When the movable contact 18 of the potentiometer 17 is moved, the six outputs of the switch matrix 3 vary continuously, while preserving their ratio constant. Therefore, any key can produce a musical sound over a substantially wide range of frequency and, if the output frequency ranges of the oscillators V1, V2, . . . V6 are previously set differently from each other from relatively low to relatively high frequencies, the instrument can cover a very wide range of frequency with only twenty-four keys arranged within a range of hand-width. Moreover, by the neck 2 in the Z-direction with some keys as pushed, the pitches of the sounds can be continuously varied with their chord relationship unchanged. Furthermore, by vibrating the neck 2 in the Z-direction, "vibrato" can be obtained easily.

Although not shown in the drawing, the circuit also includes another potentiometer which is common to all of the six channels and this potentiometer is interlocked with rotational movement of the keyboard 3 as shown by the arrow Ξ. This enables easy and free change of tone during the performance. Moreover, though the sound pitch control is undertaken by the longitudinal movement of the neck 2 and the tone control is undertaken by the rotational movement thereof in the above instrument, this invention is not limited thereto and the both functions may be interchanged. Furthermore, the key array on the keyboard 3 need not be regular as shown in FIGS. 1 and 2 but may be irregular, provided the keys are arranged most suitably for chord composition and performance.

FIG. 4 shows another embodiment of electronic musical instrument according to this invention. This embodiment is designed to enable the attainment of more functions than the above instrument of FIG. 1, though its shape and structure differ substantially from those of the conventional musical instruments. This instrument includes a round keyboard 3 having a plurality of keys 25 which are arranged irregularly but most suitably for performance within a single-hand region. The keyboard 3 also includes a wrist holder 26 made of resilient material for comfortably holding a wrist.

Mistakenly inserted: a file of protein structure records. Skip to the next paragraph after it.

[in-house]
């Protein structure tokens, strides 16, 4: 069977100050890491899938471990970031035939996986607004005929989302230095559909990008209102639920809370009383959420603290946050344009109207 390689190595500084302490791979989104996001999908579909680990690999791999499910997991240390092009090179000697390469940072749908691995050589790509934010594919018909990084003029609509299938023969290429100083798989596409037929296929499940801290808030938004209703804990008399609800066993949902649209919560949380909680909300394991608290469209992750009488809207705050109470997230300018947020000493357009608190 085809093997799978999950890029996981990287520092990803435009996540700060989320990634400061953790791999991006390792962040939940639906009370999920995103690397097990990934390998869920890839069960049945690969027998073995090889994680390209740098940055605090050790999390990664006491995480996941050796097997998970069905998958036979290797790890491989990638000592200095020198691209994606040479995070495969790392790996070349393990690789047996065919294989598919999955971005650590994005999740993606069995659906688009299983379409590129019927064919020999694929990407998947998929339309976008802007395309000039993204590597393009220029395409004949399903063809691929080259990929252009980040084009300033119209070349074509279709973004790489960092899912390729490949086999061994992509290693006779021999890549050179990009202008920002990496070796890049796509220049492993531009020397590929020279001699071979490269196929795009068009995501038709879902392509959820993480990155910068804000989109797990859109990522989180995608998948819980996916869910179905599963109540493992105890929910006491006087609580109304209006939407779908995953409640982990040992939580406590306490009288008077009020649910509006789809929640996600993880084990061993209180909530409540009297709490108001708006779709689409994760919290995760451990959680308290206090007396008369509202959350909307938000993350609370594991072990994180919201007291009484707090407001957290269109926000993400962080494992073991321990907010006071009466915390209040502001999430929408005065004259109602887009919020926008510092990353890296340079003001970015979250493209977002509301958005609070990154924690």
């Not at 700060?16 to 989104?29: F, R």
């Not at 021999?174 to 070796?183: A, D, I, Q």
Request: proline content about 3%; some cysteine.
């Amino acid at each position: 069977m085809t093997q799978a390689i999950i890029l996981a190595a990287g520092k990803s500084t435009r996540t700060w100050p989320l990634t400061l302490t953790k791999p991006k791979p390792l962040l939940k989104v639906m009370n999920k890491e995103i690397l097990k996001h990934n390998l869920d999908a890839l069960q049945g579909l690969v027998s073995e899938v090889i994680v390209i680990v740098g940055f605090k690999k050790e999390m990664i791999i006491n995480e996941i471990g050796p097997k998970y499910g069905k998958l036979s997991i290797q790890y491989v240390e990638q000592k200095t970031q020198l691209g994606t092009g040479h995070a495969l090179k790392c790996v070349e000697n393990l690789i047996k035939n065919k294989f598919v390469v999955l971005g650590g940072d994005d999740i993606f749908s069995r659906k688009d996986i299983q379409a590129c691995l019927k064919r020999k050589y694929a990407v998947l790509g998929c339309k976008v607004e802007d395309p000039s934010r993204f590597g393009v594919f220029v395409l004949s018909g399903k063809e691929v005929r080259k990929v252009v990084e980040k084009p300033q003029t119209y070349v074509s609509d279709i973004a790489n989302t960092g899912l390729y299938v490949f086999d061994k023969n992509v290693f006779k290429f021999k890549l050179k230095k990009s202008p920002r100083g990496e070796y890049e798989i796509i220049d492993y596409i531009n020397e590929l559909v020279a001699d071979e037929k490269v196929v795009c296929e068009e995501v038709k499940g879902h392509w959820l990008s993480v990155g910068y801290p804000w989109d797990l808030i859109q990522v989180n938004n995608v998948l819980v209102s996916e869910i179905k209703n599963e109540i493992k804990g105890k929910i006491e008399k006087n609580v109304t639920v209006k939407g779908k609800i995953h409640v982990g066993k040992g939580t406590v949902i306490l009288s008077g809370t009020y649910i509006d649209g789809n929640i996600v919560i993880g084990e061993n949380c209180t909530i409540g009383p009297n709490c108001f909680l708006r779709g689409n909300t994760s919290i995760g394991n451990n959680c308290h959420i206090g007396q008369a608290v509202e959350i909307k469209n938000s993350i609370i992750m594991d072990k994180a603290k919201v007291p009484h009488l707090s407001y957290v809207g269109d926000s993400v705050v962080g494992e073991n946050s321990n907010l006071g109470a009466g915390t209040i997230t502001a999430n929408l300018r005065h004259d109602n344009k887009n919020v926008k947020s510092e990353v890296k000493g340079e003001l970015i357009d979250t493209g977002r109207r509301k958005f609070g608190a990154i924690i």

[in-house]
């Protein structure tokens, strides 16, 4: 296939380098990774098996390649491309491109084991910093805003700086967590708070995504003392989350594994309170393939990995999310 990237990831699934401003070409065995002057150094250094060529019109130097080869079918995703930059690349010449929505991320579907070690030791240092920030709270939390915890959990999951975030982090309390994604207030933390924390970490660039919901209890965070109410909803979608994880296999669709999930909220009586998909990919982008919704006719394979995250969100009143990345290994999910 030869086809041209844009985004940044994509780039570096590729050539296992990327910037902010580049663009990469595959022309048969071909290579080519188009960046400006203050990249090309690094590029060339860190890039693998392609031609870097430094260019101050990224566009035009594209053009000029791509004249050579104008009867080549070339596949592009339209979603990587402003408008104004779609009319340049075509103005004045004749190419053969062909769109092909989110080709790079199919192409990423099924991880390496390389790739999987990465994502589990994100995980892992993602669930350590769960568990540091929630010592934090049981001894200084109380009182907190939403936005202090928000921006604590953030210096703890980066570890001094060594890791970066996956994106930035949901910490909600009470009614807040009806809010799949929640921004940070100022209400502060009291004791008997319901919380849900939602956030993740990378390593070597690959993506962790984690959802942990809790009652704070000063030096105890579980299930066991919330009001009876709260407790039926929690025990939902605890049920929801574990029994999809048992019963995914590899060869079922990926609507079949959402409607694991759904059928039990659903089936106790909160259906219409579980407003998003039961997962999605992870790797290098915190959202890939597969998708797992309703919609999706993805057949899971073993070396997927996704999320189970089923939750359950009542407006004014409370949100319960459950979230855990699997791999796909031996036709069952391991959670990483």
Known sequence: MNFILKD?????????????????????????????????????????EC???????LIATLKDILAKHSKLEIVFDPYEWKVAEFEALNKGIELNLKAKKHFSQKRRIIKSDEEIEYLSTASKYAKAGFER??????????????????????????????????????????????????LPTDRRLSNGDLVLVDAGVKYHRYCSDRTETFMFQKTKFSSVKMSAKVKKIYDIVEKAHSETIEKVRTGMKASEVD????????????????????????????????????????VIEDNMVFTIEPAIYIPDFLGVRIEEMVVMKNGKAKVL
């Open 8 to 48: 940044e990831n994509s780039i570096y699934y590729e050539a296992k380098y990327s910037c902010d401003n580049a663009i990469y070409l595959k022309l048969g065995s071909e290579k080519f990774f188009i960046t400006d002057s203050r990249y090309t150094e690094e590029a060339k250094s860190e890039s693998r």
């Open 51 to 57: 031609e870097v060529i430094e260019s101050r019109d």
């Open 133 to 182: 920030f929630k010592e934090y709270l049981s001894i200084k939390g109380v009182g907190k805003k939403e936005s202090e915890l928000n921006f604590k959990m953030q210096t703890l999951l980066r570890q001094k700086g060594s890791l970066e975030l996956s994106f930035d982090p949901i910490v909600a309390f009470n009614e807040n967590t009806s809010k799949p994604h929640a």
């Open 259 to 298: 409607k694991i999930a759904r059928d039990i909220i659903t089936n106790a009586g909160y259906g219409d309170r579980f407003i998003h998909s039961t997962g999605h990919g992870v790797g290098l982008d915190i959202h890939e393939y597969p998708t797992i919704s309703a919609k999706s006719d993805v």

The keyboard 3 is fixed to an end of a spindle 27 having a longitudinal resistive strip 28 and the spindle 27 is supported by a rectangular supporting member 29 so as to be movable in the longitudinal direction Y and also rotatable about the direction Y as shown by an arrow η. The supporting member 29 is supported by a pair of guide spindles 30 and 31 which are kept parallel by a pair of coupling members 32 and 33 so that the supporting member 29 can be moved smoothly in a direction X which is substantially orthogonal to the direction Y. The spindle 30 has also a longitudinal resistive strip 34. The resistive strips 28 and 34 contact with separate brushes (not shown) provided in the supporting member 29 to compose two potentiometers for sensing the orthogonal movement of the keyboard 3. The coupling members 32 and 33 are supported by a fork member 35 so that they can rotate about an axis which is parallel to the spindles 30 and 31 as shown by an arrow Ξ, and the fork member 35 is fixed on a main body 1 in which a musical sound synthetizing section may be contained. Conventional means are provided for sensing the rotations in the directions Ξ and η, individually.

In the embodiment of FIG. 4, the keyboard 3 performs four kinds of movement with respect to the main body 1, that is, two orthogonal translations X and Y and two orthogonal rotations Ξ and η, and these movements are individually sensed and used for selectively determining various elemental factors of the musical sounds, such as strike, tone, loudness, quality and simulation. If the degree of depression of each key is sensed appropriately, the function of the instrument is further expanded.

Although the above description only involves orthogonal movement of the keyboard, cylindrical and polar movements and their combinations are also possible within a scope of this invention. It is also understood that the function of the instrument will be markably expanded by providing two keyboards for operation by both hands.

As above-described, the electronic musical instrument according to this invention possesses the peculiar advantages of both key-type and string-type instruments, and cannot only produce a wide range of musical sounds including chords easily with a limited number of keys but also perform readily such relatively difficult techniques as "vibrato", "portament" and "tremolo".

It should be noted that the above description is made only for illustration purposes and many variations, modifications and changes are also possible without departing from the scope of of this invention as defined by the appended claim. For example, the circuit configuration including the movement sensing means and the synthesizing means can be designed differently from that of FIG. 3, and also, various forms or styles of instrument which look like or unlike those of the conventional musical instruments. The keyboard may be provided preferably with means for locking its movement with respect to the body, such as push button, lever or the like. Moreover, much higher degree of function can be realized by exponentially converting the keyboard voltage and the potentiometer voltage and combining them with a sample-and-hold circuit.